Chelsea: Battersea has potential to become one of the world’s most iconic football stadiums
Chelsea Football Club, in conjunction with its property development partner Almacantar, has announced the submission of an offer to acquire Battersea Power Station and its surrounding land.
The ageing power station, located on the south bank of the River Thames, was decommissioned in 1983 and since that time has remained largely unused with numerous regeneration plans failing to materialise.
The new announcement by Chelsea signals the club’s long-term goal of developing one of London's most recognisable landmarks into a 60,000-capacity stadium while retaining the current building's iconic features.
Included in Chelsea's plans for the 39-acre site is the development of a town centre with street-level retail shops, affordable housing and offices as well as a substantial contribution to the area's transport links.
The Premier League team currently plays in the 40,000-capacity Stamford Bridge in Fulham.
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A statement on Chelsea's official club website reads:
'Battersea Power Station is one of London's most famous buildings and has the potential to become one of the most iconic football stadiums in the world.
We are not the only interested parties and there is no certainty that we will be successful. We also appreciate that we have many significant hurdles to address if we are to build a new stadium on the site, including winning the support of our fans, the CPO shareholders and local Wandsworth residents, as well as securing the approval of Wandsworth Council, the Greater London Authority and heritage authorities. We must also stress that making an offer for the Battersea Power Station site does not mean the club has made a definitive decision to leave Stamford Bridge.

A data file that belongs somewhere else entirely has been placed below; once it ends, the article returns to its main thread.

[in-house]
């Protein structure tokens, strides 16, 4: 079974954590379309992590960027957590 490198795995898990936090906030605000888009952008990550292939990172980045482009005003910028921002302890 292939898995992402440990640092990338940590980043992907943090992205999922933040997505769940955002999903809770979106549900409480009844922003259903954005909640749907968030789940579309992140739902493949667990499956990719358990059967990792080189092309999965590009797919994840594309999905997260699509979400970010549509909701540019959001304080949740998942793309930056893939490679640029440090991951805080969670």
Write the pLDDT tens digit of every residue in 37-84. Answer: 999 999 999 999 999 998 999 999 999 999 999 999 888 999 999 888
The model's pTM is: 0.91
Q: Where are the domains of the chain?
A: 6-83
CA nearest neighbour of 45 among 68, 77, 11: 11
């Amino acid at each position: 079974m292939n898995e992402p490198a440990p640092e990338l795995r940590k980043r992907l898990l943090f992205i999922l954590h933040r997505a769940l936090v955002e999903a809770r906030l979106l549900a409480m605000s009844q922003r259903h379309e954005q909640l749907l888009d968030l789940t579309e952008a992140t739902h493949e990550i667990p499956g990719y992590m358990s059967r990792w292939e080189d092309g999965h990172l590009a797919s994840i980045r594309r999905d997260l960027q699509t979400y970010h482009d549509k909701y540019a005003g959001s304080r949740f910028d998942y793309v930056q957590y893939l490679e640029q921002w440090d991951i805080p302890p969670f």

Working with architects and planning experts we have developed a plan to preserve all the significant aspects of Battersea Power Station. The four iconic chimneys and wash towers along with the Grade II* listed west turbine hall and control room will be restored and retained in their original locations and provide a unique architectural backdrop to a world-class stadium with a capacity of around 60,000 seats.
Following feedback from fans, our initial plans include a 15,000-all seated one-tier stand behind the south goal, likely to be the biggest one-tier stand in football. Also as suggested by many fans, the stadium proposed is rectangular in shape with four separate stands. The design includes a bigger family area and more room for disabled supporters.
As well as a new home for our club, the development would include a town centre with substantial street-level retail shops, affordable housing and offices - all of which would benefit Wandsworth and bring a significant number of permanent jobs to the area. We would also make a significant contribution towards the Northern Line Extension, a new high-volume transport link proposed for the area.'
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